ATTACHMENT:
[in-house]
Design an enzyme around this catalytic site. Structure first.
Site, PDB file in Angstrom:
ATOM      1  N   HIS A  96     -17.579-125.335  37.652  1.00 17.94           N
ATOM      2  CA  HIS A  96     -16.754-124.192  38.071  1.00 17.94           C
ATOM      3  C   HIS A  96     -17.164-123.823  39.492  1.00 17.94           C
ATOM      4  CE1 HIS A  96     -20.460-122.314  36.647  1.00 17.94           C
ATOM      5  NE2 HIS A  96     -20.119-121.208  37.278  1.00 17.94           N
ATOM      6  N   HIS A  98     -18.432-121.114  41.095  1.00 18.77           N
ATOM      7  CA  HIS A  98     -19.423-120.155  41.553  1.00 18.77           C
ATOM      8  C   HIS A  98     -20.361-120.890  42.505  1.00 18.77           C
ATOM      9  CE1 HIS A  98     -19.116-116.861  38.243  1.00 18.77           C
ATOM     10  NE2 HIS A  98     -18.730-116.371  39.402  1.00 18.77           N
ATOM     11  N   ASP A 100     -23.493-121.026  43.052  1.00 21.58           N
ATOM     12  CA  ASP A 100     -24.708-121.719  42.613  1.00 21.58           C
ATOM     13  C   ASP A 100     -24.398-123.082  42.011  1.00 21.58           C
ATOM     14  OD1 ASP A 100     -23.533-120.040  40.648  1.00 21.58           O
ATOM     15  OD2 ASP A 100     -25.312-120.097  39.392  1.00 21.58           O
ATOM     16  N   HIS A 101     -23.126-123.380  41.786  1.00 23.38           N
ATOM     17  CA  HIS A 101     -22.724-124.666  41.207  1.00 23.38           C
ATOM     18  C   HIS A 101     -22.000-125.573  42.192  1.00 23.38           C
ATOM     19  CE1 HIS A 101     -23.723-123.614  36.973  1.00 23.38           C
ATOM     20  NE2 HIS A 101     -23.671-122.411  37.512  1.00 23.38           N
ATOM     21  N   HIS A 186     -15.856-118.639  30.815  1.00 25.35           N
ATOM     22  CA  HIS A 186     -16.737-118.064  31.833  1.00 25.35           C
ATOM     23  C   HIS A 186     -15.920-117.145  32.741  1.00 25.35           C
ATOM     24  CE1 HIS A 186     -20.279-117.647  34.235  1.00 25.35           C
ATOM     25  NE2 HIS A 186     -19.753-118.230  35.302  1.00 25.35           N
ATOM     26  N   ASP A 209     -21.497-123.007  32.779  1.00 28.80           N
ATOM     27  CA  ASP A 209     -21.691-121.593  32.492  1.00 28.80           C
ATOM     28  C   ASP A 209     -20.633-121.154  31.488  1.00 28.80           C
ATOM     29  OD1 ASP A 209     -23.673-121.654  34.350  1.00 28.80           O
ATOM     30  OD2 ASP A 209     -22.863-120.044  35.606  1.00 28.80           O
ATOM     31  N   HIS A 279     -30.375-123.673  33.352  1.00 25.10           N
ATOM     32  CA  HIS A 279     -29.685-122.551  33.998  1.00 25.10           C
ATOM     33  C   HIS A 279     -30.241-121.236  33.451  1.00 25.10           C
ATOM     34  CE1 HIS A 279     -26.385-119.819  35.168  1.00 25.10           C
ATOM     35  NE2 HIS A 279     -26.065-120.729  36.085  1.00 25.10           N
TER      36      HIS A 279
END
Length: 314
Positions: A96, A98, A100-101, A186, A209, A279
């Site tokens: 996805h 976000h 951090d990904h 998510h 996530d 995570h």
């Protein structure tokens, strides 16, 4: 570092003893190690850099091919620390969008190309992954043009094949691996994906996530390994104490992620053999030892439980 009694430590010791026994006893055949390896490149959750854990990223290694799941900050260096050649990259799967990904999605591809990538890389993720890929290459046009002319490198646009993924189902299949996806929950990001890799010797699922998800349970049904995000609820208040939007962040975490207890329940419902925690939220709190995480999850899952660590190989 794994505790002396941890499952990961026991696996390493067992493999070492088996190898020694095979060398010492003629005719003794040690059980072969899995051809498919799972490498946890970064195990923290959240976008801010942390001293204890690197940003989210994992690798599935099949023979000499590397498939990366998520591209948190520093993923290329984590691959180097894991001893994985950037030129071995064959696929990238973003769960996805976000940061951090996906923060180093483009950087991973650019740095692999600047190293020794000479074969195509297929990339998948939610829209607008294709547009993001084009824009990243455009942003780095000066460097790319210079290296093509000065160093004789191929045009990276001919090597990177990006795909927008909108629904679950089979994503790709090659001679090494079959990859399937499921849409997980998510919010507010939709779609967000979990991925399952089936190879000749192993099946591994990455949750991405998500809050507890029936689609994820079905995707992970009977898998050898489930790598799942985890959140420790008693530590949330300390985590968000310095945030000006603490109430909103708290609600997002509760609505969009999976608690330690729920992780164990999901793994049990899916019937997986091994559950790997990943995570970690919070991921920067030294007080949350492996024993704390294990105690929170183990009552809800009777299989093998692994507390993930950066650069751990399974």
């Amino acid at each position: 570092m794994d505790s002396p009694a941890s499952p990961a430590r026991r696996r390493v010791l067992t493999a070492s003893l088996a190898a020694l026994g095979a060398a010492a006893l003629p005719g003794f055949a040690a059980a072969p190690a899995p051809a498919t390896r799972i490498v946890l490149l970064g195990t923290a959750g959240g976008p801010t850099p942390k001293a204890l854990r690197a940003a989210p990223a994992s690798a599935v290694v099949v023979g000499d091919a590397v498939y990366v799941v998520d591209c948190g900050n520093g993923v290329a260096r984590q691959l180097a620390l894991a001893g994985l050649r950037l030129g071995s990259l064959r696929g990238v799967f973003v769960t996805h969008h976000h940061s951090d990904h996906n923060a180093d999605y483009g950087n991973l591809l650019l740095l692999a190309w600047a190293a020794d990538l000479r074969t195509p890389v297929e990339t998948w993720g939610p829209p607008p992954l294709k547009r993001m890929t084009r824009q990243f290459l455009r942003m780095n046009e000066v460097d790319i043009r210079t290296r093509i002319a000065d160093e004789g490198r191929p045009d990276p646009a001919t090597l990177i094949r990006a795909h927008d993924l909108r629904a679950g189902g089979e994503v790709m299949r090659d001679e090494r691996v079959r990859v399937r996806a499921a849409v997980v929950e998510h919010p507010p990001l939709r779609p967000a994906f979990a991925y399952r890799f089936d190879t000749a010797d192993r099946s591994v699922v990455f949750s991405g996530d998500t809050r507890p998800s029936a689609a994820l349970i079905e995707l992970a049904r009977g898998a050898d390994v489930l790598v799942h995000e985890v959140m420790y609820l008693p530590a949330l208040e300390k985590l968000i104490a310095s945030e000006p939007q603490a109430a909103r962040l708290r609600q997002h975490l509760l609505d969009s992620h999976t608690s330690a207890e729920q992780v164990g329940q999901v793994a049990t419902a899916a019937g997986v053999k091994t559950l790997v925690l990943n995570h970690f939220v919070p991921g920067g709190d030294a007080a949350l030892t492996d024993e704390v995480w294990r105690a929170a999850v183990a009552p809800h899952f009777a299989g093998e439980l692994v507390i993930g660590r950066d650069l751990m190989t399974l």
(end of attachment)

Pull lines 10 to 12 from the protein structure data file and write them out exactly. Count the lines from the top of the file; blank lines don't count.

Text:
ATOM      7  CA  HIS A  98     -19.423-120.155  41.553  1.00 18.77           C
ATOM      8  C   HIS A  98     -20.361-120.890  42.505  1.00 18.77           C
ATOM      9  CE1 HIS A  98     -19.116-116.861  38.243  1.00 18.77           C